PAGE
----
Authors: Steven Blockmans and Michael Emerson
Series: CEPS Commentary
On 23 June 2016, the United Kingdom will hold a referendum on whether it should remain in the European Union or leave. A British exit, or Brexit, could have serious economic and political consequences for both the UK and the rest of the EU. Such an exit is a distinct possibility, with polling demonstrating a close race.
If Brexit becomes a reality, the UK's post-referendum trajectory will depend on whether the transitional period is a flexible but orderly exit carried out in a spirit of partnership with the EU, or whether the split is acrimonious and messy, without properly tying up all the legal loose ends. In a scenario in which pragmatism prevails over resentment, economic and financial tensions could be limited by London and Brussels negotiating an amicable separation agreement. However, broader political considerations, including the EU's desire to avoid further departures by making an example of the UK, might lead to a far more damaging outcome for all parties.
Impact on the UK
Shortly after a vote to leave, the UK would probably trigger the voluntary withdrawal procedure foreseen in the EU's 2009 Lisbon Treaty, which allows for a two-year period to reach a separation agreement. Without such an agreement, the UK – which currently enjoys unrestricted access to the rest of the EU under the Single Market rules – would revert to the default trade arrangement with the EU, based on World Trade Organization (WTO) rules.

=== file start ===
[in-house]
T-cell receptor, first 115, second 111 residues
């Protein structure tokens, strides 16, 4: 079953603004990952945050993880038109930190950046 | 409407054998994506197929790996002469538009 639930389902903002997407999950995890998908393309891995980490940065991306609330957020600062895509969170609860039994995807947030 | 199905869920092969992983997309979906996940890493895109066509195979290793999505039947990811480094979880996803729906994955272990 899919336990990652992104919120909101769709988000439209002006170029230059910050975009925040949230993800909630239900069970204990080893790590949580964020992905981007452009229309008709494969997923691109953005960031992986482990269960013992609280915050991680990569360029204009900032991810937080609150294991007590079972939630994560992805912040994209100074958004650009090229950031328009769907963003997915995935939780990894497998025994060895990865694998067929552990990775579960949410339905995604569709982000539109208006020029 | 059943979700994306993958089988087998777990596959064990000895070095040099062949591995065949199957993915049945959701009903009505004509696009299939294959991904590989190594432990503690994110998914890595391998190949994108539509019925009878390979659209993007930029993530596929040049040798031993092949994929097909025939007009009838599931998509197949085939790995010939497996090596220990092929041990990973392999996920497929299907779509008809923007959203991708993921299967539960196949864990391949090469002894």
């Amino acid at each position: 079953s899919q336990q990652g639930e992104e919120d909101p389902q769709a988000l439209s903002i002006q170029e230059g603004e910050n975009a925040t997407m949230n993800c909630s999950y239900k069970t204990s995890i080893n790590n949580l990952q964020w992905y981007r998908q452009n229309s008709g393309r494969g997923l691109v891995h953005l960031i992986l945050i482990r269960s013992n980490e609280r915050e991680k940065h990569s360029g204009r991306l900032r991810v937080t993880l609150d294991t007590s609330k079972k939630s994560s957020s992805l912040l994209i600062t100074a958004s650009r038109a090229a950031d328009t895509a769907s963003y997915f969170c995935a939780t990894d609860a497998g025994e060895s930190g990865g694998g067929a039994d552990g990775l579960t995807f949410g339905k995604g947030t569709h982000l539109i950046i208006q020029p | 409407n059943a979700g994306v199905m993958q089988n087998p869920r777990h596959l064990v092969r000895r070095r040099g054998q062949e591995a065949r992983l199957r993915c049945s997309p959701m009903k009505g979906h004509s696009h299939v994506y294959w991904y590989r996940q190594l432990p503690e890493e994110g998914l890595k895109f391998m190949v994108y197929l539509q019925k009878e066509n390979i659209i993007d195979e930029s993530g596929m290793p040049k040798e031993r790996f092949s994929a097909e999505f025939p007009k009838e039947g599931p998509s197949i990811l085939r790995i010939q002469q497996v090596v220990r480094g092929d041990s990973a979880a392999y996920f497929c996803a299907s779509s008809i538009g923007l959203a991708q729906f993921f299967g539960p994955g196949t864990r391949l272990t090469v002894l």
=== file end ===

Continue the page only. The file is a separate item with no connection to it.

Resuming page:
Under the latter scenario, the EU would apply its external customs duties to UK goods. It could also introduce non-tariff hurdles for goods (such as technical standards) and especially services (including licenses). Brussels would also be able to restrict London’s ability to conduct euro transactions and euro-derivatives transactions, and thereby undermine the position of the city as a financial centre. UK citizens could also lose their automatic right to work in the rest of EU. What's more, the EU’s new external border would divide Northern Ireland from the rest of the island and could thereby jeopardise the peace agreement.
Even in the event of a more amicable separation, there would still be multiple adverse impacts on the UK. Regarding the economic impact, an overwhelming majority of serious analyses from government, business organisations, think tanks and academia from within the UK, as well as from the International Monetary Fund and Organization for Economic Cooperation and Development, converge on the following propositions:
- Reduced EU market access. The UK’s access to the EU Single Market would be less complete than under the status quo. All existing alternatives to EU membership have drawbacks. The Norwegian model – membership in the European Economic Area – would assure full market access, but is politically implausible for the UK since it would mean a loss of sovereignty due to the need to accept EU legislation without being able to influence the substance of the rules at the EU Council’s negotiating table. Switzerland's model of negotiating multiple separate sectoral agreements with the EU is considered attractive by some Brexiteers, but would simply not be on offer from the EU side. Indeed, the so-called ‘Swiss cheese’ model has broken down over issues of immigration and is severely criticised by politicians and officials in EU circles as ‘cherry-picking’. In addition, both Norway and Switzerland must allow free movement of EU citizens, a primary concern of those in the Leave camp. The enhanced free-trade arrangements like that recently agreed between the EU and Canada offer little under services, which are a major portion of the UK economy.